An idea is only as good as its execution
Our goal is not just to build “a” product, but to build the “right” product; one which meets real people’s real needs in a meaningful way. Design sprints bring your ideas to life in days, validating their business viability and answering critical product questions before anything is built – essentially reducing risk, and saving you time and money. You can’t get to your destination without a map, right?
Meet the makers
Design sprints originate from Google Ventures’ efforts to optimise productivity and have since become an industry standard. And for good reason. Design sprints use a strict process for rapidly brainstorming, designing, prototyping, and testing the viability of any idea, product, or feature. This incredibly effective and structured process brings clients, product owners, developers and designers together to share a single vision and create a testable prototype.
Discovery and design informs everything we do. To create a great product, we first have to understand how users think and interact with the problem we’re trying to solve. We borrow and incorporate the concepts from Lean (quantitative) and Design (qualitative) thinking into our design sprints, facilitating risk reduction and meeting the needs of the user.
How we do it
Design sprints typically last five days, but this isn’t set in stone. It all depends on what problem we’re helping you solve. We invite all the stakeholders into one room – limited to 7 people, you know what they say about too many cooks – and then begin the process of developing and validating your idea. Product Design Sprints are led by an experienced facilitator (usually one of our Design Leads) and also typically involve a developer and Product Owner on our side, as well as those stakeholders we mentioned.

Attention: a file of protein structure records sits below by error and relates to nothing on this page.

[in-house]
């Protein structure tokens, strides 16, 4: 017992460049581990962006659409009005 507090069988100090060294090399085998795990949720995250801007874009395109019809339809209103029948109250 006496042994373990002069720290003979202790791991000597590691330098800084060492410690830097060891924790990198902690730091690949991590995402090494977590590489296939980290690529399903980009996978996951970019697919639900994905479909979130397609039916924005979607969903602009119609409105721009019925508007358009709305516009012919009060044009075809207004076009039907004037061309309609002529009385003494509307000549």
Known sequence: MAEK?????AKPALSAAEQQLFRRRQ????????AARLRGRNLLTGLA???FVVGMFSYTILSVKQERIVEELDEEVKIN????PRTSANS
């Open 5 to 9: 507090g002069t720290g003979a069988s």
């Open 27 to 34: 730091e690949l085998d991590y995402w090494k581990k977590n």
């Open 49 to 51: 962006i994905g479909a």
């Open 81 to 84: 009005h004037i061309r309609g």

A design sprint has five phases to guarantee understanding, collaboration and results.
Phase 1: Understanding
This is the time to share your skills. This first kick-off phase is all about sharing knowledge and developing a common understanding of the problem, the business and the customer. Whether it’s about gaining insights from industry experts or identifying potential technical limitations from developers, we need to know where the biggest risks are so that we can make plans to reduce them.
Phase 2: Diverge
In the second phase, market differentiation is everything. We send our team off to start developing their ideas independently, undergoing rapid creative exercises which question functionality and problems, and innovate solutions.
Phase 3: Converge
This is where we show our cards. The third phase sees everyone sharing their ideas for review. We analyse the possibilities and select the most feasible options to begin creating a prototype storyboard.
Phase 4: Prototype
In case you weren’t having fun yet, things are starting to get exciting! In this phase, we build an interactive prototype, designed for testing so that we can determine specific unknowns and assumptions.
Test time. For the final phase, we test the prototype to determine if the product is viable.
Getting real = getting results
You’ve probably noticed that we use the phrase “problem-solving” aplenty on this page. We believe at the heart of a great product is a real problem that your target market is experiencing. It’s our job to plug into their thinking; that’s why it’s so important that everyone around the table is objective and candid during the five phases of product design. Stick to the process, stick out the process and stick up those awards when you’ve built a product that your customers love to love.